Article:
Browsing College of Tropical Agriculture and Human Resources by Title

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  • Manner, Harley I (University of Hawaii, 1993-01)
    In comparison to Cyrtospenna chamissonis, Pandanus tectorius, and breadfruit (Artocapus altitis and A. mariennensis), the significance and cultivation of Colocasia esculenta (L.) Schott in the atolls and low islands of ...
  • Paull, Robert E; Coltman, Robert (University of Hawaii, 1990-01)
    Objectives to study the relationships between physiological age of corms, storage capabilities, and final snack food chip quality of dryland taro are outlined. Background information is to be developed that will assist in ...
  • Taotua, Fuifui (University of Hawaii, 1993-01)
    A Rapid Rural Appraisal was conducted in American Samoa in 1989 to document traditional agricultural practices associated with the growing of taro. From this survey, 22 cultivars of taro were documented where all farmers ...
  • George, Takumi (University of Hawaii, 1993-01)
    Kosrae is one of four states in the Federated States of Micronesia. Subsistence farming and banana production are the main agricultural enterprises. The main subsistence crops are banana, breadfruit, citrus fruit, coconut, ...
  • Ooka, Jeri J (University of Hawaii, 1990-01)
    Although taro is susceptible to attack by at least twenty-three pathogens, only a few cause serious reduction in growth and production. Phytophthora blight (Phytophthora colocasiae) and Pythium root and corm rot (Pythium ...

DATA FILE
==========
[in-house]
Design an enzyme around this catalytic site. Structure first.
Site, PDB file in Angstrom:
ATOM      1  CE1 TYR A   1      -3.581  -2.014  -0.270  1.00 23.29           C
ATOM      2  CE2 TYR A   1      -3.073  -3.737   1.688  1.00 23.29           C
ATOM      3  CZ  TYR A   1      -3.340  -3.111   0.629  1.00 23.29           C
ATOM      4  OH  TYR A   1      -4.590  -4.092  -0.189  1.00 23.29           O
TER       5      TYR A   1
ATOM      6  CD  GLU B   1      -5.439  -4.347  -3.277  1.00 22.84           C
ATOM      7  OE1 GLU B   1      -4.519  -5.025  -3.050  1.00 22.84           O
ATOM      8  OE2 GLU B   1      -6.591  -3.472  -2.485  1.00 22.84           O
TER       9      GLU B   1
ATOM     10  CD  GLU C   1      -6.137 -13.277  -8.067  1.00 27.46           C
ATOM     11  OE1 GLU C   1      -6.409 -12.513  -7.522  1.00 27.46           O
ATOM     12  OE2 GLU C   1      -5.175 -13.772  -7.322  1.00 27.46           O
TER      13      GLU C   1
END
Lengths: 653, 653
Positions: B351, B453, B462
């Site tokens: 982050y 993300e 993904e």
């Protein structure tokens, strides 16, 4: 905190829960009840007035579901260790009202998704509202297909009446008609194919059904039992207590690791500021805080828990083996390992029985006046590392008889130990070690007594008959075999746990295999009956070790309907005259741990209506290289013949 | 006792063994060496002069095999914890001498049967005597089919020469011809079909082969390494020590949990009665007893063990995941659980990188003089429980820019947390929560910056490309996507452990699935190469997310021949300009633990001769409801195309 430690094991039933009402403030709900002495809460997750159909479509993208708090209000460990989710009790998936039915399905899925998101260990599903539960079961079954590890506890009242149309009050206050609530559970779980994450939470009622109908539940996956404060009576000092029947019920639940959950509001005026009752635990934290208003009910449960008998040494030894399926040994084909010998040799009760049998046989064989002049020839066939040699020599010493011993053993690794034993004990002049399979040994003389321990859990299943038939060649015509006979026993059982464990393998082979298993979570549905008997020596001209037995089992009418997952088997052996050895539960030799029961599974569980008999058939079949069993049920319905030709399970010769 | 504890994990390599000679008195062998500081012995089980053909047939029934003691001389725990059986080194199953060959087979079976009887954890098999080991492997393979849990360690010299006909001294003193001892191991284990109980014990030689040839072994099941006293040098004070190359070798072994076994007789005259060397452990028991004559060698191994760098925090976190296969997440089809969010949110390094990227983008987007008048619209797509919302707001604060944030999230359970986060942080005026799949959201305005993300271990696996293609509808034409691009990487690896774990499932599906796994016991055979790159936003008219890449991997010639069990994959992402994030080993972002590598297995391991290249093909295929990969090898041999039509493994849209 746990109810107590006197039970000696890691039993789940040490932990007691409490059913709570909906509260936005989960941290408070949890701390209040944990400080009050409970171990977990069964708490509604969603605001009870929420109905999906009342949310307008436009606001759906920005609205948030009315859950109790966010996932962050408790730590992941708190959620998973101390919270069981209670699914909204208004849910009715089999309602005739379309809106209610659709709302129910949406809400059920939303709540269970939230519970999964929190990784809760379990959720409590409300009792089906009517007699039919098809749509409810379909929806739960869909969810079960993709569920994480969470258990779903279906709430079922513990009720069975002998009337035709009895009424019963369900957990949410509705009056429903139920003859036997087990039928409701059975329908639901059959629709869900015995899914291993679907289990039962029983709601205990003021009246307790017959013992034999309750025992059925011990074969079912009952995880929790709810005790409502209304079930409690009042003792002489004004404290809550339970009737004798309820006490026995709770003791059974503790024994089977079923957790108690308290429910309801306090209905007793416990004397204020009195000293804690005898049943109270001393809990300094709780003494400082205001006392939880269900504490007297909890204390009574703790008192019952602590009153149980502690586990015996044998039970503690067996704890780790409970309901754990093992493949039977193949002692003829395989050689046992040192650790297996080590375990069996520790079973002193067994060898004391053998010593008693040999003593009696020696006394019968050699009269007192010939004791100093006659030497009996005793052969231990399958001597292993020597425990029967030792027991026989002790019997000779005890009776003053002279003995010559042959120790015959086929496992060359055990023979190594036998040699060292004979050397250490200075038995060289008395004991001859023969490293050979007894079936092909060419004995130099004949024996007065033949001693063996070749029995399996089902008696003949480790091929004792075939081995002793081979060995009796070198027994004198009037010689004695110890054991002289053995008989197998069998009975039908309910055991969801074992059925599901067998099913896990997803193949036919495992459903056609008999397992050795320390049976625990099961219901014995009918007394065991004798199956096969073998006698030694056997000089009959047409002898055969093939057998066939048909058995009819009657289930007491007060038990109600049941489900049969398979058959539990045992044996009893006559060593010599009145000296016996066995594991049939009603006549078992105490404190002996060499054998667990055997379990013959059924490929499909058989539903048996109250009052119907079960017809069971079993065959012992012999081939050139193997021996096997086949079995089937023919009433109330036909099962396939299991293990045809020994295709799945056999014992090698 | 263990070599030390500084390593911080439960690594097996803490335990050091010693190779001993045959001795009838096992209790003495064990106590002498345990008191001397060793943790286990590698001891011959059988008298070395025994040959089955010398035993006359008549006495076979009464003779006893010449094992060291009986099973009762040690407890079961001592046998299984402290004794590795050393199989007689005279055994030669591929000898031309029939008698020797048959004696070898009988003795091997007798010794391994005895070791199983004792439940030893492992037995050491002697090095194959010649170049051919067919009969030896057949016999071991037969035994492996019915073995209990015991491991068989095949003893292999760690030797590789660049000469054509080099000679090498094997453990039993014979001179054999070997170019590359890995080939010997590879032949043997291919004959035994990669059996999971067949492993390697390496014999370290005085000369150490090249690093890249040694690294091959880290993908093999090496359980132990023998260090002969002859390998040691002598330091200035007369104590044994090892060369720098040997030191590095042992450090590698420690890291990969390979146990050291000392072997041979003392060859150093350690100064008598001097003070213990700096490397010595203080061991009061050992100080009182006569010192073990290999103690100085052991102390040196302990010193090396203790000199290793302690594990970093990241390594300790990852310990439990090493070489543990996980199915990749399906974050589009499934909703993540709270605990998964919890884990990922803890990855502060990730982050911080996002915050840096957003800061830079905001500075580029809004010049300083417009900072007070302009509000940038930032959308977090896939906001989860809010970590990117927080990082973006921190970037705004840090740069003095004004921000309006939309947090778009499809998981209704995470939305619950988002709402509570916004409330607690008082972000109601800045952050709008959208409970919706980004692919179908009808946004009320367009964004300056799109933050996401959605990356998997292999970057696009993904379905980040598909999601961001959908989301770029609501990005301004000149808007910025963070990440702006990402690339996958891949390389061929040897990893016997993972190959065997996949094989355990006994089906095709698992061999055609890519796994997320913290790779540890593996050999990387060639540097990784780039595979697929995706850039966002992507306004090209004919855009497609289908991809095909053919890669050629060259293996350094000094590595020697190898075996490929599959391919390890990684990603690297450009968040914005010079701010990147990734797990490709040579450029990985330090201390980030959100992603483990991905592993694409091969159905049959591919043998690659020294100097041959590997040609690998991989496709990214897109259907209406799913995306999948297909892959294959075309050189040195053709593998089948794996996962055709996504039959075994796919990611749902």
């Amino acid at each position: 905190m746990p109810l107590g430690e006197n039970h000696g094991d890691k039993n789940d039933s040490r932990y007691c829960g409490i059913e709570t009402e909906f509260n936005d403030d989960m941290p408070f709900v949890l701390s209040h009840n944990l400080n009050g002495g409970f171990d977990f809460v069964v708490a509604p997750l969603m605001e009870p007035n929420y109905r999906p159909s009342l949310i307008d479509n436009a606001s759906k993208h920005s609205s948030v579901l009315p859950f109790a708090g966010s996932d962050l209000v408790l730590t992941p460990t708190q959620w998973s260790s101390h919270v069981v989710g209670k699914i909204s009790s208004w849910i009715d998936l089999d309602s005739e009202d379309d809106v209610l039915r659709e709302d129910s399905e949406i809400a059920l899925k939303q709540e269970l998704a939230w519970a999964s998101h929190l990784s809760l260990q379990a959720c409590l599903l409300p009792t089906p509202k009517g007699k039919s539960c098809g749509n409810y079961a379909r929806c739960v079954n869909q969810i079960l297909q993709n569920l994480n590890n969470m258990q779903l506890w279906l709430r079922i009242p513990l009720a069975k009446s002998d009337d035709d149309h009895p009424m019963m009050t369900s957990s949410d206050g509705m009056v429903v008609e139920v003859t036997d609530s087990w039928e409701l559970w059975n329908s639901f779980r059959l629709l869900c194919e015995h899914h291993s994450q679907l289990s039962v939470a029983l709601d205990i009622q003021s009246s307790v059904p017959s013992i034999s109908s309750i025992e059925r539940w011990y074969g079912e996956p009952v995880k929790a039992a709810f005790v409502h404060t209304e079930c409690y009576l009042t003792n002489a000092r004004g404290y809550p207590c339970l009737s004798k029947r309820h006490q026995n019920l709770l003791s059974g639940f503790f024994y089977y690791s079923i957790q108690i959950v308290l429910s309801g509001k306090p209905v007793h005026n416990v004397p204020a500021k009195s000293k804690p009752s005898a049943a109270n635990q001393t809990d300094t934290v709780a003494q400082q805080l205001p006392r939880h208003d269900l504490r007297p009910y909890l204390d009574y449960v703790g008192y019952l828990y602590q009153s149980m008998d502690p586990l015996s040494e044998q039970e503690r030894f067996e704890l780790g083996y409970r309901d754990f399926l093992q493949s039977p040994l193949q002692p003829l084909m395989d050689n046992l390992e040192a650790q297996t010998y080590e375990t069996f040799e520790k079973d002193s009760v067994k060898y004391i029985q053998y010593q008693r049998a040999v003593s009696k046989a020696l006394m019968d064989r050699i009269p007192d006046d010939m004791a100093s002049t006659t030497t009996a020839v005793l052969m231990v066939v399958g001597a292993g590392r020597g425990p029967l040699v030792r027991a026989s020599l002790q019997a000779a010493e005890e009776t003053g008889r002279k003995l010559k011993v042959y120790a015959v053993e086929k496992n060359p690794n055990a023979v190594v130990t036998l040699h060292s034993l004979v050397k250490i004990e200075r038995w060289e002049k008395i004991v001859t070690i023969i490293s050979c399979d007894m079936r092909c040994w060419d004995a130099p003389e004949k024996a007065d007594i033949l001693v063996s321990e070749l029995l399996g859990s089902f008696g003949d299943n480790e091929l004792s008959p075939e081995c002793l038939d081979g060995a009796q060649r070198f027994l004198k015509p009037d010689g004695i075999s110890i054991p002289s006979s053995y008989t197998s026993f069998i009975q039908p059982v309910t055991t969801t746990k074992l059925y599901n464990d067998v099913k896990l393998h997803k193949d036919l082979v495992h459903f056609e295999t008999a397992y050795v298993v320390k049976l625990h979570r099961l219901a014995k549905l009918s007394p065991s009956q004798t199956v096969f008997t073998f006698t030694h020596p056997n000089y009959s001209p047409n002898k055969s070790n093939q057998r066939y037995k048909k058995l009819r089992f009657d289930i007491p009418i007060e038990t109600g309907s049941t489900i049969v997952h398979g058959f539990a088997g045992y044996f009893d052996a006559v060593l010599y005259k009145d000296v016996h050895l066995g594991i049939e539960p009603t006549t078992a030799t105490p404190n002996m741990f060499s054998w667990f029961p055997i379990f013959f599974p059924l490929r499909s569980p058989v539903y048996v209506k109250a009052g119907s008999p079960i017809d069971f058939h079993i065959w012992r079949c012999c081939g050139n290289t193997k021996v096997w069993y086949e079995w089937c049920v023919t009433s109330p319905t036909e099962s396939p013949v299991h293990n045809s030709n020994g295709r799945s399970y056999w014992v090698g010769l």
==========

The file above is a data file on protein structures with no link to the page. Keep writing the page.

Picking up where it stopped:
• Nip, Wai-Kit (University of Hawaii, 1990-01)
    Taro is a tropical root crop grown in Hawaii with a promising future. Now, the potential of taro has been under-estimated. This presentation reviews briefly (a) the cultural practices in Hawaii, (b) the availability of ...
  • Falanruw, M C (1993-01)
    The documentation of traditional methods of growing taro is a major objective of the Low-Input Sustainable Agriculture Taro Project. On Yap, almost all taro is grown by low-input traditional methods without the use of ...
  • Hollyer, J R; de la Pena, R S; Rohrbach, K G; LeBeck, L M (University of Hawaii, 1990-08)
    The analysis examined the state of the Hawaii taro industry, including its history, the current market in Hawaii and in North America, and its current status and potential. Action plans addressed industry bottlenecks, ...
  • Ngiralmau, Meresbang (University of Hawaii, 1993-01)
    This paper reports the results of a project to research and document the traditional techniques of taro production in Palau. The researchers concluded that: 1) both pesticides and commercial fertilizer have no major ...
  • Sato, Dwight; Beardsley, Jack; Hara, Arnold (University of Hawaii, 1990-01)
    The taro root aphid, Patchiella reaumuri, is one of the most destructive insect pests in dryland taro. Crop damage up to 75% has been known to occur with Chinese taro and up to 100% with dasheen. The taro root aphid is ...
  • Sato, Dwight M; Hara, Arnold H (University of Hawaii, 1997-12)